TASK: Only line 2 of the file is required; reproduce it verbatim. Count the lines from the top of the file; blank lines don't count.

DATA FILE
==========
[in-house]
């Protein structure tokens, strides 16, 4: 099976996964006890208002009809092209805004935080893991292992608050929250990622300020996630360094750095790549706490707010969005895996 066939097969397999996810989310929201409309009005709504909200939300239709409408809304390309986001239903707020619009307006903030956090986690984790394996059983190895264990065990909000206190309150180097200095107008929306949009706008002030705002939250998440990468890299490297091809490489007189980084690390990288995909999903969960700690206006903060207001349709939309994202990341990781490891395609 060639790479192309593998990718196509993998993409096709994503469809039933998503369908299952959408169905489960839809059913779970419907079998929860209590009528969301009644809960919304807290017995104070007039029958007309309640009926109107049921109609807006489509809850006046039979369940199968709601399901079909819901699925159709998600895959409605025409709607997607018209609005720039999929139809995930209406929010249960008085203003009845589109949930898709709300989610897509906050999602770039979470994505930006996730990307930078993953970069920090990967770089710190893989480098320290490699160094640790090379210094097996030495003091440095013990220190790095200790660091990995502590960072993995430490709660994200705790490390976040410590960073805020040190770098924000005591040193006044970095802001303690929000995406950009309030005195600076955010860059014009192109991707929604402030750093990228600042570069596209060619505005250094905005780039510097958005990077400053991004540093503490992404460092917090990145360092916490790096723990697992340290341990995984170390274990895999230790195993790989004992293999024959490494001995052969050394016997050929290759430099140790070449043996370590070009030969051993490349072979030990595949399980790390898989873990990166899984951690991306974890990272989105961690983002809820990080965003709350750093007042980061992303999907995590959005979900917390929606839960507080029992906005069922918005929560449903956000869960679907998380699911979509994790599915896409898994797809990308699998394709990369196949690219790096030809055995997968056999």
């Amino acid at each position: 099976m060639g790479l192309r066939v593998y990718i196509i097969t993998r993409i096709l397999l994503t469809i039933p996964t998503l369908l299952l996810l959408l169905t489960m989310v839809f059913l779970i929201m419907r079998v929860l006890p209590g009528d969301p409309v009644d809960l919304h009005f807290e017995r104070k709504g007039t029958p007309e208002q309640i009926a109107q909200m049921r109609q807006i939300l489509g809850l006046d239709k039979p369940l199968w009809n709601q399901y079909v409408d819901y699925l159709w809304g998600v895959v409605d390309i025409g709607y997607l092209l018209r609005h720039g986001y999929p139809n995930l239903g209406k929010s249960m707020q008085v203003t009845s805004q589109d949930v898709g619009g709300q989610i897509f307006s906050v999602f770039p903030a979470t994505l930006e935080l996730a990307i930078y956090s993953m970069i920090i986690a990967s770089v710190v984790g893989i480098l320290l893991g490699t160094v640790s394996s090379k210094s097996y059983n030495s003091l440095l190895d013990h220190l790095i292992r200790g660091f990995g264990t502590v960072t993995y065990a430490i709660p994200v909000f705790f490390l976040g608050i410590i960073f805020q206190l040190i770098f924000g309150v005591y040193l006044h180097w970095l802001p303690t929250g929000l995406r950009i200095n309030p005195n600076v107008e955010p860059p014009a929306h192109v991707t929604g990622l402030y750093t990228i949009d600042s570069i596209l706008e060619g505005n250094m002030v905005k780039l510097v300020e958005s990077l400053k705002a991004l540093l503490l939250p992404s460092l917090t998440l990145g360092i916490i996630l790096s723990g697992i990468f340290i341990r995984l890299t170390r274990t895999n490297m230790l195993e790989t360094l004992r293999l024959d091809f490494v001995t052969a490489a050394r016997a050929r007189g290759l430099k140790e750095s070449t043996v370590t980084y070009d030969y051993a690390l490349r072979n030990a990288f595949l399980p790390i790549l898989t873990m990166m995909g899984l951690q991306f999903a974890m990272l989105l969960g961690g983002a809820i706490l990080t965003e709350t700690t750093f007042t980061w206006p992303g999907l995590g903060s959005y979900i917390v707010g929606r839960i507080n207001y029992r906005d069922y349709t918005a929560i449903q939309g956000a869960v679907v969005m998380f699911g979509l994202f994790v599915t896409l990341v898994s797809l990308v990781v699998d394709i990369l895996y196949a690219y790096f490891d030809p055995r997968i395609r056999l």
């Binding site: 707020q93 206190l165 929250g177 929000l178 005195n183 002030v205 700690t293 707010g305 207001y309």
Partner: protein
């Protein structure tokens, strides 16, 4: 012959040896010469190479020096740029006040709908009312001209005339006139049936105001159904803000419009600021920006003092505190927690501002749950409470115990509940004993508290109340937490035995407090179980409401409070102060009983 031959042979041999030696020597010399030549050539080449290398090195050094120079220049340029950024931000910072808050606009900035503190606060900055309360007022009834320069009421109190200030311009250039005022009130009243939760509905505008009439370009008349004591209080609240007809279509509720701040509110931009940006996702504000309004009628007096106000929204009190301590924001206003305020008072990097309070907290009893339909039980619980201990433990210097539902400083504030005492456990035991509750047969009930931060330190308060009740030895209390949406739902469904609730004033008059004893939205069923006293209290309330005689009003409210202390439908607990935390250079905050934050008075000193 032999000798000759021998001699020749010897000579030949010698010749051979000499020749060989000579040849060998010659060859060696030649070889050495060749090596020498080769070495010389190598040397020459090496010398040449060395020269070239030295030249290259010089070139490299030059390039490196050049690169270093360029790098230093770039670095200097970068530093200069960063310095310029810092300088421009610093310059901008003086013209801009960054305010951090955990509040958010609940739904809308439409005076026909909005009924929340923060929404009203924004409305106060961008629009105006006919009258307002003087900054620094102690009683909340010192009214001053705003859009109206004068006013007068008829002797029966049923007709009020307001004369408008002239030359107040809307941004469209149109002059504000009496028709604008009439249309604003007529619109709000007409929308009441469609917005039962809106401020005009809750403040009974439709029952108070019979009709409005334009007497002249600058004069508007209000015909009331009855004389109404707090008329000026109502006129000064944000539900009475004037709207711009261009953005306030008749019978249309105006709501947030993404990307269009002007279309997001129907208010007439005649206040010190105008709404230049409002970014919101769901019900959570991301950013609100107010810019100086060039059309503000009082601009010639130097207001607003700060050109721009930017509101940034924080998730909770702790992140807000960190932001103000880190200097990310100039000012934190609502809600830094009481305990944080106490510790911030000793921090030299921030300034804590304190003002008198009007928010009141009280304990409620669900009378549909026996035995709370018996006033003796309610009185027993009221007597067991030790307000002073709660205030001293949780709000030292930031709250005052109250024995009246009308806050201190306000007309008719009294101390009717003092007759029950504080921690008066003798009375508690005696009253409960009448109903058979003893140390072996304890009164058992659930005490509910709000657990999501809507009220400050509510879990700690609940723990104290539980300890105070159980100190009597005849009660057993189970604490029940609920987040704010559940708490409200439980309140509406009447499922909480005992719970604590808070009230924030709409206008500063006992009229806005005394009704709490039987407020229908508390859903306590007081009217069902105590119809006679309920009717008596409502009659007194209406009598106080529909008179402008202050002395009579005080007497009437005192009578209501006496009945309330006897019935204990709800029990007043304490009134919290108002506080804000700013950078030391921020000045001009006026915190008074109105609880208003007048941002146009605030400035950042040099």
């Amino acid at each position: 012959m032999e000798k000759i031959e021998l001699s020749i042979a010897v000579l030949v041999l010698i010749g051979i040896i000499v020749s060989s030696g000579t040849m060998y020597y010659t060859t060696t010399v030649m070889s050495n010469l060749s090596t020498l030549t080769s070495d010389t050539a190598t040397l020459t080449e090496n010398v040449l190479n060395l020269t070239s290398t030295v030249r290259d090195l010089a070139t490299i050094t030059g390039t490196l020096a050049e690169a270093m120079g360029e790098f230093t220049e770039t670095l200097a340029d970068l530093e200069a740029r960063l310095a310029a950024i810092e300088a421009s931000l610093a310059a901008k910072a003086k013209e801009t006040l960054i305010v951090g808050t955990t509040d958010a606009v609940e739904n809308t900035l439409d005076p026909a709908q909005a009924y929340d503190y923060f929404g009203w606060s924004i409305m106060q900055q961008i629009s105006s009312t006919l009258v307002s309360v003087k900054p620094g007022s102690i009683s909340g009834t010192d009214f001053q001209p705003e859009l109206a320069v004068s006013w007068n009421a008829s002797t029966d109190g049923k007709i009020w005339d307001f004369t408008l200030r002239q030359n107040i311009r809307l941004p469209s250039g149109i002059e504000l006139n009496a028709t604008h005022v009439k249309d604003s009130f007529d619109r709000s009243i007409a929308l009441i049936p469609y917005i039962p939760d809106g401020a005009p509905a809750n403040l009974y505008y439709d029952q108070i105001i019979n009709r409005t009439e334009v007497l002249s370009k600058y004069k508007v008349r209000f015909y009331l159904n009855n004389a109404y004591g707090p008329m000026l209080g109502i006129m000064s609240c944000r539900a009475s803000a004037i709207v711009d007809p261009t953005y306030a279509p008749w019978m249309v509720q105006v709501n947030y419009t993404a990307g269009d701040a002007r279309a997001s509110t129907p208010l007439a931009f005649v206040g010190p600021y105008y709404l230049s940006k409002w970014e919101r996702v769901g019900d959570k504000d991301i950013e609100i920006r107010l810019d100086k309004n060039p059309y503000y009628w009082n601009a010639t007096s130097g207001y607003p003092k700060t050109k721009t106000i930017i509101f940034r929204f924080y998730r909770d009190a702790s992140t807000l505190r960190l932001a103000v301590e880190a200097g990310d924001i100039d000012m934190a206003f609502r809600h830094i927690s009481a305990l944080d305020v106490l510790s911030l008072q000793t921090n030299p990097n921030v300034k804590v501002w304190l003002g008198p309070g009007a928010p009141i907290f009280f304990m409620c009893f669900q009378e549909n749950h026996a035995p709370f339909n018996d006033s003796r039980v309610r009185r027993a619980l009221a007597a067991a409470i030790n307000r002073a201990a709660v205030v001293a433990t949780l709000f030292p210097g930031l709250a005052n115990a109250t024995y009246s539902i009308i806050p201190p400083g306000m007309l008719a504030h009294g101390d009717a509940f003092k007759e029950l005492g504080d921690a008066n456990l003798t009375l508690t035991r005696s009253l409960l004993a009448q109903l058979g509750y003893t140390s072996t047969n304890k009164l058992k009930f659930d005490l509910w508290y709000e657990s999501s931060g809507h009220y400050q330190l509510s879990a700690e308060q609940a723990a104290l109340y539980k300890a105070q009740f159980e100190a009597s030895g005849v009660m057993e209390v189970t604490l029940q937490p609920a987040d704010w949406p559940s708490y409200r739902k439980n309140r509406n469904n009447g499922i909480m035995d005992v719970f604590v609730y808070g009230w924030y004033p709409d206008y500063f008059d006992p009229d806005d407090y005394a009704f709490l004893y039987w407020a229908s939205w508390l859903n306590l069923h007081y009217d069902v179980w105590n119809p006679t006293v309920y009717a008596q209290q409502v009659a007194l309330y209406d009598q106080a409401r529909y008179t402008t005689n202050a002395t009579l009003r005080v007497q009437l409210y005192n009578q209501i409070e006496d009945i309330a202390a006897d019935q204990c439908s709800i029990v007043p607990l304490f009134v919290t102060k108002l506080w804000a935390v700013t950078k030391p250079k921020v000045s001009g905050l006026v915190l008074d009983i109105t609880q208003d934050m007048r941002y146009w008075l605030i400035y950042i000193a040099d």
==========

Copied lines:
């Protein structure tokens, strides 16, 4: 099976996964006890208002009809092209805004935080893991292992608050929250990622300020996630360094750095790549706490707010969005895996 066939097969397999996810989310929201409309009005709504909200939300239709409408809304390309986001239903707020619009307006903030956090986690984790394996059983190895264990065990909000206190309150180097200095107008929306949009706008002030705002939250998440990468890299490297091809490489007189980084690390990288995909999903969960700690206006903060207001349709939309994202990341990781490891395609 060639790479192309593998990718196509993998993409096709994503469809039933998503369908299952959408169905489960839809059913779970419907079998929860209590009528969301009644809960919304807290017995104070007039029958007309309640009926109107049921109609807006489509809850006046039979369940199968709601399901079909819901699925159709998600895959409605025409709607997607018209609005720039999929139809995930209406929010249960008085203003009845589109949930898709709300989610897509906050999602770039979470994505930006996730990307930078993953970069920090990967770089710190893989480098320290490699160094640790090379210094097996030495003091440095013990220190790095200790660091990995502590960072993995430490709660994200705790490390976040410590960073805020040190770098924000005591040193006044970095802001303690929000995406950009309030005195600076955010860059014009192109991707929604402030750093990228600042570069596209060619505005250094905005780039510097958005990077400053991004540093503490992404460092917090990145360092916490790096723990697992340290341990995984170390274990895999230790195993790989004992293999024959490494001995052969050394016997050929290759430099140790070449043996370590070009030969051993490349072979030990595949399980790390898989873990990166899984951690991306974890990272989105961690983002809820990080965003709350750093007042980061992303999907995590959005979900917390929606839960507080029992906005069922918005929560449903956000869960679907998380699911979509994790599915896409898994797809990308699998394709990369196949690219790096030809055995997968056999």